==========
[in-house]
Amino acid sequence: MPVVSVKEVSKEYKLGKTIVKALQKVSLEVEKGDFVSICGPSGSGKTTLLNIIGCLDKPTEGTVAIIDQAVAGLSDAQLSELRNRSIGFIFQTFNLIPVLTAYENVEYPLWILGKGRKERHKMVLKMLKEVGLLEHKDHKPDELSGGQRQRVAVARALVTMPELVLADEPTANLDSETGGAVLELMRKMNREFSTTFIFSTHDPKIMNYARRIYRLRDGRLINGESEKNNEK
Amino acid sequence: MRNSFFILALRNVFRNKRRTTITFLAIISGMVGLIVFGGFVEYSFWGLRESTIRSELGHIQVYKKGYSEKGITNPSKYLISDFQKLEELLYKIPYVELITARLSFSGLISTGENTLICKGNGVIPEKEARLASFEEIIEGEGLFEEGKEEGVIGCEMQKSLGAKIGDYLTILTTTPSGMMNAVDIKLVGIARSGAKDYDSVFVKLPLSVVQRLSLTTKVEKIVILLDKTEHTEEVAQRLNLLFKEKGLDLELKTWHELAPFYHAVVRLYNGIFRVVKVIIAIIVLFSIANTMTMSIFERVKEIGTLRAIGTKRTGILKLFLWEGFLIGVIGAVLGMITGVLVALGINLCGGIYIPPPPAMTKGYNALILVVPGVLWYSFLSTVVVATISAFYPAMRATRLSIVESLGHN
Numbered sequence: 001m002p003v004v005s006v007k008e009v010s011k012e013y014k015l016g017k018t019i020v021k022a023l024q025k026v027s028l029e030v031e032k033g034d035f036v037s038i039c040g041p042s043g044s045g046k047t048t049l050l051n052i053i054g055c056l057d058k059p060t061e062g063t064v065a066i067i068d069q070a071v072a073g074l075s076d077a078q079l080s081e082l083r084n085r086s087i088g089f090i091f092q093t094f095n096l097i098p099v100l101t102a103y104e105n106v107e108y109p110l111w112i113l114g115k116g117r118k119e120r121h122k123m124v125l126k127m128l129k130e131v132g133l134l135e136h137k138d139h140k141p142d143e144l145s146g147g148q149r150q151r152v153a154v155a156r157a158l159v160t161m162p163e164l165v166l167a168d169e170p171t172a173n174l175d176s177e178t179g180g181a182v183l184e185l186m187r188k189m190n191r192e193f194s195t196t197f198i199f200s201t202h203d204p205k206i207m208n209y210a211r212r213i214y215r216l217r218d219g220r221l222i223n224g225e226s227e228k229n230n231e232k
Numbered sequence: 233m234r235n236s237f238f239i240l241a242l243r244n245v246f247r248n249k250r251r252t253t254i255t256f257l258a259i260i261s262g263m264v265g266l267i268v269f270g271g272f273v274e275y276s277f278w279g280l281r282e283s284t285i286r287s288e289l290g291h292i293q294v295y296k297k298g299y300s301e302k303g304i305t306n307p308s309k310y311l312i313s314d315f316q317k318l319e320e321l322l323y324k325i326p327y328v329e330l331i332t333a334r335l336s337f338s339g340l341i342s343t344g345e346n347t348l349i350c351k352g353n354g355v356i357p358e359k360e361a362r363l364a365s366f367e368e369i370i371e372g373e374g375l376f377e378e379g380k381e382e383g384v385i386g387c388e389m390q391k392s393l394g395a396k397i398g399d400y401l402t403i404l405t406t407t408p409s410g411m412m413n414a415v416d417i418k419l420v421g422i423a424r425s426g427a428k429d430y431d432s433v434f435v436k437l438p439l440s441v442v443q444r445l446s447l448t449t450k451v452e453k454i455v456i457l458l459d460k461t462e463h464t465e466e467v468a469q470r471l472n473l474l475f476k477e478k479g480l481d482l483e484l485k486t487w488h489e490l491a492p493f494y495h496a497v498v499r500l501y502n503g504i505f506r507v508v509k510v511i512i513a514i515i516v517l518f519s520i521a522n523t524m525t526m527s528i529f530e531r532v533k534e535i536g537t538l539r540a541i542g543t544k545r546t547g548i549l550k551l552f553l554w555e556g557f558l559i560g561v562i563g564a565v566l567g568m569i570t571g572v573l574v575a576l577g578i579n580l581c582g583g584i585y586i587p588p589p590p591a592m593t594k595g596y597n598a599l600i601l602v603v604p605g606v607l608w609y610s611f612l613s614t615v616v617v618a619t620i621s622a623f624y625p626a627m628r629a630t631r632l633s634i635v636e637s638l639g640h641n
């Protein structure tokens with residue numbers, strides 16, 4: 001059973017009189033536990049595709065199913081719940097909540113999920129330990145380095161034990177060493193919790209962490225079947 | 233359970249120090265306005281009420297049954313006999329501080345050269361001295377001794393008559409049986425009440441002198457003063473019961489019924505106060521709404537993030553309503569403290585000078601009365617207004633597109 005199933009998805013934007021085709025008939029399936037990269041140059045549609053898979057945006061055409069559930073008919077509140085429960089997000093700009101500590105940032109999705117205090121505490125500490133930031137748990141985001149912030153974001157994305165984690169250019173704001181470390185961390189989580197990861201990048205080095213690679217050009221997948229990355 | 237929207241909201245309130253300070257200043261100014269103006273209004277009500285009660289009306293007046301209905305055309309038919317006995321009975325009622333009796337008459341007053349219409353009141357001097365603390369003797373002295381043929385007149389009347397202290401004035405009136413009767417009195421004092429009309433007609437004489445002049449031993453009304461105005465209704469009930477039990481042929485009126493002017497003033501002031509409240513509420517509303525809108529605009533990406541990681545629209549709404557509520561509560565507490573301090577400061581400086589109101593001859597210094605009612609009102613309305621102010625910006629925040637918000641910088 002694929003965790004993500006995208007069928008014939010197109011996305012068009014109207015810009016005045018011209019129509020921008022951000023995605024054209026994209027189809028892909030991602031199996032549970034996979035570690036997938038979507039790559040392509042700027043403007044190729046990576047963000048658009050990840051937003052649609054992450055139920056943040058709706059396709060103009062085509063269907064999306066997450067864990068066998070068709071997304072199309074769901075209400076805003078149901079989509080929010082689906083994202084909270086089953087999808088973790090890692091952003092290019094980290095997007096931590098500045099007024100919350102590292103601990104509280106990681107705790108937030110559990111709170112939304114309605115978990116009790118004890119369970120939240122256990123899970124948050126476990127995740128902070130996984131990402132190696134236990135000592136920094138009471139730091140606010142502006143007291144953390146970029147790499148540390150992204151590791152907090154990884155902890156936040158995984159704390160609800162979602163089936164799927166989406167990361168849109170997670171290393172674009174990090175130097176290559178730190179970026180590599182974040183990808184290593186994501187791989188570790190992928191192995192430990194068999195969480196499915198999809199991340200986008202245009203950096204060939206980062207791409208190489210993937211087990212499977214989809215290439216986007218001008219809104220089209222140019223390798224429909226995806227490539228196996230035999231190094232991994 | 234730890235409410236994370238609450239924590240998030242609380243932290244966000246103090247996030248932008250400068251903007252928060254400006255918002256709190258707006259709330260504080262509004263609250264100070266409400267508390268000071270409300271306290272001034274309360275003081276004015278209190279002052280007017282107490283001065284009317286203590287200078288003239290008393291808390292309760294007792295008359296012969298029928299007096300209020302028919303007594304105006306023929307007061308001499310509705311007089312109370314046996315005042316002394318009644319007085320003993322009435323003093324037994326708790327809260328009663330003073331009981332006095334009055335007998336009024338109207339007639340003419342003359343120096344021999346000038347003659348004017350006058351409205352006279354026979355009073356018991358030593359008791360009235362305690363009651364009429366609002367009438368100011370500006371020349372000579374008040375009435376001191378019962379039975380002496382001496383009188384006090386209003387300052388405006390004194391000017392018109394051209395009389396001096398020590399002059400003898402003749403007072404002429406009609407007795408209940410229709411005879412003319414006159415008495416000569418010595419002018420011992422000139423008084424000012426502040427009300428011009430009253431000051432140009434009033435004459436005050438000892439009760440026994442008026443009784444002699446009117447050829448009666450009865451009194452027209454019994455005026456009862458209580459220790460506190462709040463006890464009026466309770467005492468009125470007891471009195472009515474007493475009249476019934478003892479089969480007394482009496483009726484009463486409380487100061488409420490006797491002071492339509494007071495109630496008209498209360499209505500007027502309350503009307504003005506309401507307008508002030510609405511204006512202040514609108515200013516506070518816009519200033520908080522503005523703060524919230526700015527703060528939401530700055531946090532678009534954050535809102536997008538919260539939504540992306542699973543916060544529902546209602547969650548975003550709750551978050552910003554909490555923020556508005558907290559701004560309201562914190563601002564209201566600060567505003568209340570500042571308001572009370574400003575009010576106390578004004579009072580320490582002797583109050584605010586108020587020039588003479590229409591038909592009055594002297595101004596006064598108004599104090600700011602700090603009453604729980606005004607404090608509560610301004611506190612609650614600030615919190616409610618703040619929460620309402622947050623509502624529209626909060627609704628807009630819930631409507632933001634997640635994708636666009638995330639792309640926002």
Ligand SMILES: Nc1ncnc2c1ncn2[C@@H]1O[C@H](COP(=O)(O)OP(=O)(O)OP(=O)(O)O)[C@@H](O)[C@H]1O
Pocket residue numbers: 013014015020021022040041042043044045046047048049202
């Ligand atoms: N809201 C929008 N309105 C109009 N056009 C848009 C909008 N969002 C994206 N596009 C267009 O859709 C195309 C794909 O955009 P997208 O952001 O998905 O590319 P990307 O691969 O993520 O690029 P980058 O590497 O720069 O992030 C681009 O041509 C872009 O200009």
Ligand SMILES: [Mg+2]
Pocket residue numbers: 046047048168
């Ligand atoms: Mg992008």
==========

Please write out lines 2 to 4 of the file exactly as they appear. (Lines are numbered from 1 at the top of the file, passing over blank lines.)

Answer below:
Amino acid sequence: MPVVSVKEVSKEYKLGKTIVKALQKVSLEVEKGDFVSICGPSGSGKTTLLNIIGCLDKPTEGTVAIIDQAVAGLSDAQLSELRNRSIGFIFQTFNLIPVLTAYENVEYPLWILGKGRKERHKMVLKMLKEVGLLEHKDHKPDELSGGQRQRVAVARALVTMPELVLADEPTANLDSETGGAVLELMRKMNREFSTTFIFSTHDPKIMNYARRIYRLRDGRLINGESEKNNEK
Amino acid sequence: MRNSFFILALRNVFRNKRRTTITFLAIISGMVGLIVFGGFVEYSFWGLRESTIRSELGHIQVYKKGYSEKGITNPSKYLISDFQKLEELLYKIPYVELITARLSFSGLISTGENTLICKGNGVIPEKEARLASFEEIIEGEGLFEEGKEEGVIGCEMQKSLGAKIGDYLTILTTTPSGMMNAVDIKLVGIARSGAKDYDSVFVKLPLSVVQRLSLTTKVEKIVILLDKTEHTEEVAQRLNLLFKEKGLDLELKTWHELAPFYHAVVRLYNGIFRVVKVIIAIIVLFSIANTMTMSIFERVKEIGTLRAIGTKRTGILKLFLWEGFLIGVIGAVLGMITGVLVALGINLCGGIYIPPPPAMTKGYNALILVVPGVLWYSFLSTVVVATISAFYPAMRATRLSIVESLGHN
Numbered sequence: 001m002p003v004v005s006v007k008e009v010s011k012e013y014k015l016g017k018t019i020v021k022a023l024q025k026v027s028l029e030v031e032k033g034d035f036v037s038i039c040g041p042s043g044s045g046k047t048t049l050l051n052i053i054g055c056l057d058k059p060t061e062g063t064v065a066i067i068d069q070a071v072a073g074l075s076d077a078q079l080s081e082l083r084n085r086s087i088g089f090i091f092q093t094f095n096l097i098p099v100l101t102a103y104e105n106v107e108y109p110l111w112i113l114g115k116g117r118k119e120r121h122k123m124v125l126k127m128l129k130e131v132g133l134l135e136h137k138d139h140k141p142d143e144l145s146g147g148q149r150q151r152v153a154v155a156r157a158l159v160t161m162p163e164l165v166l167a168d169e170p171t172a173n174l175d176s177e178t179g180g181a182v183l184e185l186m187r188k189m190n191r192e193f194s195t196t197f198i199f200s201t202h203d204p205k206i207m208n209y210a211r212r213i214y215r216l217r218d219g220r221l222i223n224g225e226s227e228k229n230n231e232k